Jamey Sheridan (The Ice Storm)
Annie Ilonzeh (Beauty and The Beast)
Brian Markinson (Izombie)
Derek Hamilton (Disturbing Behavior)
Hiro Kanagawa (Heroes Reborn)
Kelly Hu (The Vampire Diaries)
Ty Olsson (X-Men 2)
Byron Mann (Dark Angel)
Roger Cross (First Wave)
Euegen Lipinski (Goosebumps)
Michael Rowe (Tomorrowland)
John Barrowman (Reign)
Currie Graham (Agent Carter)
Kyle Schmid (The Covenant)
Sarah-Jane Redmond (V)
Jessica De Gouw (Dracula)
Jeffrey Nordling (Tron: Legacy)
Tahmoh Penikett (Battlestar Galactica)
Sebastian Dunn (The Other Half)
Andrew Dunbar (Leprechaun: Origins)
Danny Nucci (Eraser)
Ben Browder (Stargate SG.1)
Christie Laing (Scary Movie 4)
Patrick Sabongui (The Flash)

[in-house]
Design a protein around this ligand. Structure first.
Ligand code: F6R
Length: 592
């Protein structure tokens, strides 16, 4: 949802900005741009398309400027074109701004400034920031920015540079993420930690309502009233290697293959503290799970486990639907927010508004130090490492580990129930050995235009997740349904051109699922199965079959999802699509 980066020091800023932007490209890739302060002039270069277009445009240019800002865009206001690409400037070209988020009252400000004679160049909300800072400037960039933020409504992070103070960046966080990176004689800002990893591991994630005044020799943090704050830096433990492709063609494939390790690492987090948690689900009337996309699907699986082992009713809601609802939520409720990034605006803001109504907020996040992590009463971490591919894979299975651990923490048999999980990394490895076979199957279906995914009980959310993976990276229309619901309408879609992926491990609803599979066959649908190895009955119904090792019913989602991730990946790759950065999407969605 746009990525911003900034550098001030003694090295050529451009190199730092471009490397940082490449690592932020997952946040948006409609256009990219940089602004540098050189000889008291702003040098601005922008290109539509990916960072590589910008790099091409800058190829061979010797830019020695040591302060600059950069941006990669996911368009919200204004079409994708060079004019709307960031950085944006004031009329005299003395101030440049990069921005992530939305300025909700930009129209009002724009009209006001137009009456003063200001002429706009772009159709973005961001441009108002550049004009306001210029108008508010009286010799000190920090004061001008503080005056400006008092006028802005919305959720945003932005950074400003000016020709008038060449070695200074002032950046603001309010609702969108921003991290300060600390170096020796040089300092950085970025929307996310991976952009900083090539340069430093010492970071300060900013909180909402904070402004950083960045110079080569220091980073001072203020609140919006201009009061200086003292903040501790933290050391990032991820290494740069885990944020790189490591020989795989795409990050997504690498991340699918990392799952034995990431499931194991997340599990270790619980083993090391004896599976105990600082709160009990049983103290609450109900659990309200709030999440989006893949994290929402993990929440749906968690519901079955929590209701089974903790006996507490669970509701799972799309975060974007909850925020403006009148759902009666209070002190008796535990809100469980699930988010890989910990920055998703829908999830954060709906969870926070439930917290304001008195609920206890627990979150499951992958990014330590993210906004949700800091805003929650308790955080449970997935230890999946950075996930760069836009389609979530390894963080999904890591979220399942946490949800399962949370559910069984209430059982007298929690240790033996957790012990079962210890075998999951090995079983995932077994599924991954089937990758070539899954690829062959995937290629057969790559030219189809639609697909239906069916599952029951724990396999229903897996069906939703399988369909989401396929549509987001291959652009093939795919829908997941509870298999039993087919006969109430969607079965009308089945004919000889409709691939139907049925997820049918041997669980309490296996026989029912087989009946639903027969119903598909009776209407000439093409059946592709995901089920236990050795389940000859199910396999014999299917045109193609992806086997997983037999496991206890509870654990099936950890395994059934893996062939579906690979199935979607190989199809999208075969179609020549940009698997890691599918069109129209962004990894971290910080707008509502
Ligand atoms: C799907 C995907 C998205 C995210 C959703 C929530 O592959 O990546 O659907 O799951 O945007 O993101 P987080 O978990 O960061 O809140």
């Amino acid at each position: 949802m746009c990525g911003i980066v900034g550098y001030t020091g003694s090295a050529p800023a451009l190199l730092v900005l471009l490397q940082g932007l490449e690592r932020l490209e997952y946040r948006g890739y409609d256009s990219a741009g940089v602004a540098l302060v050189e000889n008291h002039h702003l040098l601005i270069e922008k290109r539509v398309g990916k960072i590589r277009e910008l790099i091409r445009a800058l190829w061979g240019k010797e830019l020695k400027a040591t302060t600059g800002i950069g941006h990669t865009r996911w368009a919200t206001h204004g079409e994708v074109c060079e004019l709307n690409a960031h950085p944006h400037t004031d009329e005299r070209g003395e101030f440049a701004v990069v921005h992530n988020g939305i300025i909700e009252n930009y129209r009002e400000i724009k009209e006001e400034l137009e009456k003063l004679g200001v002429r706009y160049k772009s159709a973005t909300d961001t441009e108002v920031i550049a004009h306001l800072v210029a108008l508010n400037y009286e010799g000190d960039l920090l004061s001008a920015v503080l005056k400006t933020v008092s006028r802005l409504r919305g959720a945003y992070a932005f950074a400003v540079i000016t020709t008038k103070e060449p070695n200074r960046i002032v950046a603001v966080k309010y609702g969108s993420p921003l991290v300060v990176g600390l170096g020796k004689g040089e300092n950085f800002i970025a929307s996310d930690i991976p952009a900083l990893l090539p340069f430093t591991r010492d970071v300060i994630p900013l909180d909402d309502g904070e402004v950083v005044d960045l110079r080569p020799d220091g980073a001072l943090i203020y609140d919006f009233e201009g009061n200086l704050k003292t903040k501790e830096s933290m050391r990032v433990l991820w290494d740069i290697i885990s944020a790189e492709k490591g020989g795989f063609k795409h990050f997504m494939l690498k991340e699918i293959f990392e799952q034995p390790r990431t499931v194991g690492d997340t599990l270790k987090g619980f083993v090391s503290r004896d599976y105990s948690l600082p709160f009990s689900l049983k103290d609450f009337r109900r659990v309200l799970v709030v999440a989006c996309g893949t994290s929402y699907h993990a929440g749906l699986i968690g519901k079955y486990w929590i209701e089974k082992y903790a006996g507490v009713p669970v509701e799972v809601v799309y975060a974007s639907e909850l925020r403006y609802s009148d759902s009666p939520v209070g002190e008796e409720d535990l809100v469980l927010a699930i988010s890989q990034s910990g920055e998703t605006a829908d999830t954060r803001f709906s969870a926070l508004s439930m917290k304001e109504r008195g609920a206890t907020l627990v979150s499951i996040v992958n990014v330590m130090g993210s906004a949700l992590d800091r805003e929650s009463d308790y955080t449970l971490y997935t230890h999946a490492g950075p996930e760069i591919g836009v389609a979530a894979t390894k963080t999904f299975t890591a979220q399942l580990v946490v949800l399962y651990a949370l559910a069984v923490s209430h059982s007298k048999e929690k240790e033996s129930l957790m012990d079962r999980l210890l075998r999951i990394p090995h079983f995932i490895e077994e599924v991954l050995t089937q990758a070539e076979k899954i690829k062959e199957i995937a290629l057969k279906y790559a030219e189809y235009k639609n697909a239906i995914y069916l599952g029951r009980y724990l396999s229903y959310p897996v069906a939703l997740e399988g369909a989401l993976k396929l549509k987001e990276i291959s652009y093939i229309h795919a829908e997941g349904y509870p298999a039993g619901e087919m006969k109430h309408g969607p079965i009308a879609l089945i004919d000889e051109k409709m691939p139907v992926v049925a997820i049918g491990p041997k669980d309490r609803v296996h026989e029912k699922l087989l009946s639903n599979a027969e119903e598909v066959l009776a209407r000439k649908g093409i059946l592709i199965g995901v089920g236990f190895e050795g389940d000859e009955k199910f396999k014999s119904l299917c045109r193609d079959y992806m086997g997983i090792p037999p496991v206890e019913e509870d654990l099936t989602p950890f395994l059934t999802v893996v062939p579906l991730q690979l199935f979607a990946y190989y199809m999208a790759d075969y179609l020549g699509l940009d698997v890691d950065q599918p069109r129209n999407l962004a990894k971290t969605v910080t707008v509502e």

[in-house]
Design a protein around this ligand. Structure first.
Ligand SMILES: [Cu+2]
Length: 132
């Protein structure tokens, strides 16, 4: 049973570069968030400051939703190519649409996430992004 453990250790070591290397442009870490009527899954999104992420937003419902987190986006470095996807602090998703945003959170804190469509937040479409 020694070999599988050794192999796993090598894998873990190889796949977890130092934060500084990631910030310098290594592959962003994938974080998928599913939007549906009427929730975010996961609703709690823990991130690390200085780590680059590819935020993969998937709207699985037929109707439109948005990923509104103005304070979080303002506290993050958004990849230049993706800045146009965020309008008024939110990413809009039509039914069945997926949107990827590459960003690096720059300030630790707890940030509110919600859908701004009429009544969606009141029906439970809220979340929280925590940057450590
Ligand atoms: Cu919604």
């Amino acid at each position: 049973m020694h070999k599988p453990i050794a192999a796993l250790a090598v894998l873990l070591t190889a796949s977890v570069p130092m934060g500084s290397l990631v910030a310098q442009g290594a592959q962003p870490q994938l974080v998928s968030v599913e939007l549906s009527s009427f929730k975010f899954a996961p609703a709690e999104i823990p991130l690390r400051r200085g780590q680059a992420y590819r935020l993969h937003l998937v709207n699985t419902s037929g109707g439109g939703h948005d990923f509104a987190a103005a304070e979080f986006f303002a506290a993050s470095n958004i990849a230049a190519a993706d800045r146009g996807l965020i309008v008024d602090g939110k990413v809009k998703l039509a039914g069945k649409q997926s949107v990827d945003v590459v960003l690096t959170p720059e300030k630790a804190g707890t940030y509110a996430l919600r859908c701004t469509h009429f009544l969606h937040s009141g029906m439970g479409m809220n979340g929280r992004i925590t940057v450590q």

David Anders (Izombie)
Ona Grauer (V)
Adrian Holmes (Smallville)
Agam Darshi (Sanctuary)
James Callis (Battlestar Galactica
Rekha Sharma (Dark Angel)
Chin Han (The Dark Knight)
Janina Gavankar (True Blood)
Alex Kingston (Flashforward)
Celina Jade (The Man with The Iron Fists)
Seth Gabel (Salem)
J. August Richards (Angel)
Summer Glau (Firefly)
Dylan Bruce (Heroes Reborn)
Caity Lotz (The Machine)
Michael Jai White (The Dark Knight)
Kevin Alejandro (Ugly Betty)
Bex Taylor-Klaus (Scream: The Series)
Teryl Rothery (Stargate SG.1)
Aubrey Marie Anderson (The Unit)
Jimmy Jean-Louis (Heroes)
Cle Bennett (Flashpoint)
Dylan Neal (Sabrina: TTW)
Cynthia Addai-Robinson (Spartacus)
David Nykl (Stargate: Atlantis)
Sean Maher (Firefly)
James Kidnie (Robocop: The Series)
Katrina Law (Chuck)
Nicholas Lea (V)
Robert Knepper (Cult)
Tara Strong (Batman: The Animated Series)
Lochlyn Munro (Little Man)